Why am I so tired?

A psychologist, endocrinologist and integrative physician explain common sources of fatigue and offer healthy ways to get your engine running again.


What a psychologist says

Doctors used to call fatigue the “yuppie disease,” thinking that it most commonly affected people of high socioeconomic status. We know that it’s actually more common in people with fewer resources for several reasons, including higher stress and a compromised diet. Some people with severe mental fatigue may have memory loss; those with severe physical fatigue can feel like every muscle is drained, leaving no strength or energy to do the simplest tasks. If fatigue lasts for a month or longer, you might want to go to a physician. But if there isn’t a medical cause, you should assess your nutrition, sleep, and “energy envelope,” the amount of energy you possess for daily activities.

People suffering from fatigue might consume too many stimulants such as caffeine or eat a diet high in fat, sugar, and salt. Exercising, eating chocolate, drinking alcohol, and obsessing over what you have yet to accomplish before bed might interfere with sleep patterns. These things stimulate the brain’s amygdala, keeping you awake and making it difficult to organize, remember, and process information.

For people with less severe fatigue, a gentle-exercise program, such as a short walk, and proper nutrition—complex carbohydrates from whole grains and good fats such as omega-3s from salmon—minimize fatigue. In terms of the energy envelope, the goal is to not extend beyond this level. Some fatigued people can’t complete essential duties; when responsibilities pile up, they try to do them all, which can result in overextension and collapse. To strengthen your energy reserves, it is important to not overexert yourself and keep expended energy close to available energy.

Leonard A. Jason, PhD, Center for Community Research, DePaul University, Chicago


What an endocrinologist says

Fatigue is one of the most poorly diagnosed and treated medical conditions. People become more irritable and depressed the longer fatigue lasts. To figure out if you’re fatigued and not just drowsy, look at your sleep patterns. If you constantly feel tired but don’t get relief from sleep, you’re probably fatigued. Mental fatigue, caused by such things as stress or working on a computer for a long time, can lead to physical fatigue, a feeling that makes you want to lie down. Physical fatigue also can be directly caused by activities such as exercise.

Low thyroid-hormone levels is one of the most underdiagnosed causes of fatigue. Signs of low thyroid include depression, fatigue, weight gain, cold hands or feet, brittle hair or nails, and dry skin. Any extra stress on the body, from physiological and emotional stress to chronic illness, will significantly reduce thyroid levels. It is important to get your hormone levels tested to figure out if this is the problem. Adrenal glands secreting low levels of hormones is another cause of fatigue, often accompanied by anxiety and a low stress tolerance.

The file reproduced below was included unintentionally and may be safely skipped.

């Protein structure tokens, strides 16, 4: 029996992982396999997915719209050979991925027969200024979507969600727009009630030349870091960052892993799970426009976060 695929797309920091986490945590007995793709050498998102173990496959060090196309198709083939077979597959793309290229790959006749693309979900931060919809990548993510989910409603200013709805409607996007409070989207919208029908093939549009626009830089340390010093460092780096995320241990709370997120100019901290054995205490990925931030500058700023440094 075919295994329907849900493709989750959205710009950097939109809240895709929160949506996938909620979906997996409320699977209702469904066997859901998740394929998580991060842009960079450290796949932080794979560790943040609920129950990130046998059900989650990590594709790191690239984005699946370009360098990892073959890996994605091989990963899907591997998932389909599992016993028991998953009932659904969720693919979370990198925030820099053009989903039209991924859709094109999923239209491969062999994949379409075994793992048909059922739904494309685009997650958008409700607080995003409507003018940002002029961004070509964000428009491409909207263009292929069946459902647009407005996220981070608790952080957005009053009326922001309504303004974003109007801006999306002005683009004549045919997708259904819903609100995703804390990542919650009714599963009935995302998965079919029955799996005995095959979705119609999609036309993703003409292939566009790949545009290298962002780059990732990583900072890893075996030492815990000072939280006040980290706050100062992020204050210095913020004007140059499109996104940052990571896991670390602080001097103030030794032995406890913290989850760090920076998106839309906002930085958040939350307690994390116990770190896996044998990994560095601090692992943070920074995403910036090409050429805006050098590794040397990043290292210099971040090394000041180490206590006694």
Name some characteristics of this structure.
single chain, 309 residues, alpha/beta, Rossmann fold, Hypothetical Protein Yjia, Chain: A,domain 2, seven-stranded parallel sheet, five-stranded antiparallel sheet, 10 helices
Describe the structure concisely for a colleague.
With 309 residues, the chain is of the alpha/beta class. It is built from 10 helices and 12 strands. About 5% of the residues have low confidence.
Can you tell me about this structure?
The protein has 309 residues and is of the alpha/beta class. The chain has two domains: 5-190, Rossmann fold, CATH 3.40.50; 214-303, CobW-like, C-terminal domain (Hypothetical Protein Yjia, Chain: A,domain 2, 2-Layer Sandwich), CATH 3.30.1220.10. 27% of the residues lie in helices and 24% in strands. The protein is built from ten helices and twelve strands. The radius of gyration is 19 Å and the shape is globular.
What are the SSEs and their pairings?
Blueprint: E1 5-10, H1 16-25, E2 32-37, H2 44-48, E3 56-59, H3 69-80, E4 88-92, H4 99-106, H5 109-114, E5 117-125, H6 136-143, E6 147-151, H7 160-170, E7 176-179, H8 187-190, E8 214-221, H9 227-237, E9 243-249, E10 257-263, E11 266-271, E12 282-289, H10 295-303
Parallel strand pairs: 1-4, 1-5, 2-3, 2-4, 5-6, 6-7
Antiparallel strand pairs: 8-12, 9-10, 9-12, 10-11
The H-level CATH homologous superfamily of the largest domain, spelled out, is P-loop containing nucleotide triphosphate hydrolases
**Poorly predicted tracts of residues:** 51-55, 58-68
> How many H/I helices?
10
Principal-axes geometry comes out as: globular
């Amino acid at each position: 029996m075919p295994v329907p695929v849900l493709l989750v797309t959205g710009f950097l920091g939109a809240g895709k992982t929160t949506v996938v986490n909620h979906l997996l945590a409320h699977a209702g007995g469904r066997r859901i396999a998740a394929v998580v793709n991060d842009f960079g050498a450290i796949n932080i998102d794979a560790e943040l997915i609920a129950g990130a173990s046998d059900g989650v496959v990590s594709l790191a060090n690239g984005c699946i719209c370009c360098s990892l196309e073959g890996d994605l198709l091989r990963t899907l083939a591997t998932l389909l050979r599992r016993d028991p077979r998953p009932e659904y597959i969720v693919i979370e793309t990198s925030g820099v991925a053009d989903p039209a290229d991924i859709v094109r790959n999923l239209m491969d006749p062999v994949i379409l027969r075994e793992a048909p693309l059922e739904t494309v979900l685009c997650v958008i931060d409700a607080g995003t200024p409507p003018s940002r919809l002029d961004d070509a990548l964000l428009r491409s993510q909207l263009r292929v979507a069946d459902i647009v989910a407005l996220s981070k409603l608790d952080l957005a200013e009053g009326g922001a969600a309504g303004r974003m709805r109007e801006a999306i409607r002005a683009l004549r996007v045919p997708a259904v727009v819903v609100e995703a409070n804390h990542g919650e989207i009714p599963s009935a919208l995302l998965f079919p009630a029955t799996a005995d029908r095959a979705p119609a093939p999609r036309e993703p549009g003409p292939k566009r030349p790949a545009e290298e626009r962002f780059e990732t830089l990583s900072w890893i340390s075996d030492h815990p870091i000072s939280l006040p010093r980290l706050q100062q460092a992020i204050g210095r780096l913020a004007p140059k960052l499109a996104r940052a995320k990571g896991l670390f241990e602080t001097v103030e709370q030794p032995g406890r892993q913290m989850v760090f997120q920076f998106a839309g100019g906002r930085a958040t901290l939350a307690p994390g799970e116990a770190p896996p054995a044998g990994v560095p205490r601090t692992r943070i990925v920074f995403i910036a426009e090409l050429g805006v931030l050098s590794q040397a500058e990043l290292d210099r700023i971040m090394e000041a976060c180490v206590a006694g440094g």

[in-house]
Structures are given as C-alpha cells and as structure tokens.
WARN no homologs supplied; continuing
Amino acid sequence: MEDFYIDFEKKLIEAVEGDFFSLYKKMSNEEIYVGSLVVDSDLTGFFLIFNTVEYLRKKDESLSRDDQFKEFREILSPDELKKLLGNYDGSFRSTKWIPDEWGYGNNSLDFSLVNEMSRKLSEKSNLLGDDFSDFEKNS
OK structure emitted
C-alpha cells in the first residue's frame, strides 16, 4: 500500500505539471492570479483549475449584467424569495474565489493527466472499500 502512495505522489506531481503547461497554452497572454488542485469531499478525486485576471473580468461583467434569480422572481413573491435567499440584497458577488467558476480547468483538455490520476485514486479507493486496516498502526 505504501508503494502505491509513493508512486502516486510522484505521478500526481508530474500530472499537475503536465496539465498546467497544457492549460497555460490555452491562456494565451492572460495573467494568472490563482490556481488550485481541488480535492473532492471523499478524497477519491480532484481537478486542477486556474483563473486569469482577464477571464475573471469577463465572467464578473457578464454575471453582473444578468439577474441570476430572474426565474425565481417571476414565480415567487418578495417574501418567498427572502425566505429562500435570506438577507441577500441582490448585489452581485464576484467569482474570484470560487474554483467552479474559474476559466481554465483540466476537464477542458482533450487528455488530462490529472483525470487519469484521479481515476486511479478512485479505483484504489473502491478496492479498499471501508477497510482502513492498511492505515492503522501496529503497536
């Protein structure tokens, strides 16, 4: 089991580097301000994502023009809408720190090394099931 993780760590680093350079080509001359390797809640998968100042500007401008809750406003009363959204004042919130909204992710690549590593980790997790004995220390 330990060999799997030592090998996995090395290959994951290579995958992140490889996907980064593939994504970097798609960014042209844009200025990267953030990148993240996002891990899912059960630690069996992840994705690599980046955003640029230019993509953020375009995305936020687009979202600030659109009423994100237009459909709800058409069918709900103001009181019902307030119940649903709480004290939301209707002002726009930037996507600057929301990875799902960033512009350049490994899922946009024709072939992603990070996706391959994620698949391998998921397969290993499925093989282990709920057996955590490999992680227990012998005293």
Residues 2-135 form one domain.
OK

Receiving adequate amounts of nutrients is important but difficult considering how depleted many foods are of vitamins and nutrients. A good energizing supplement that targets the mitochondria, the energy makers of the body, can be beneficial. Mitochondrial boosters include D-ribose, magnesium, malic acid, and all the B vitamins. To get higher doses of daily vitamins, you can use powders rather than bottles of pills. One scoop can equal 30 to 40 capsules.

–Kent Holtorf, MD, Holtorf Medical Group, Los Angeles

What an integrative medical physician says

It’s normal to be tired after mental or physical exertion, but not being able to meet your usual activity amount—for example, only being able to run two miles at a time when you used to run five miles—is a sign of fatigue. Fatigue means that you can’t reset yourself by taking a break from exertion, such as by getting off the computer and taking a long walk, and that minimal activity leaves you feeling exhausted.

There are two types of fatigue: local and general. Local occurs in certain areas of the body such as the limbs or chest and often results from an individual using a specific body part excessively (for example, hands for a hair stylist). General fatigue is on a larger, constitutional level, from stress, poor sleep, or poor diet.

Work with your health care provider to assess the pattern of fatigue from a variety of perspectives; then build a Multifaceted treatment plan, which may include herbal formulas, lifestyle stress-management tips, and acupuncture. If stress is the cause, prescription drugs, vitamins, or herbs alone will not truly heal your condition. Instead, find a mental therapy that you’re comfortable with, such as qigong, psychiatric therapy, counseling, or meditation. Diet is especially important. To maintain energy levels, eat nutrient-dense foods like berries and foods such as salmon and walnuts that are rich in essential fatty acids.

–Kamau Kokayi, MD, Integrative Medical Physician, Patients Medical, New York

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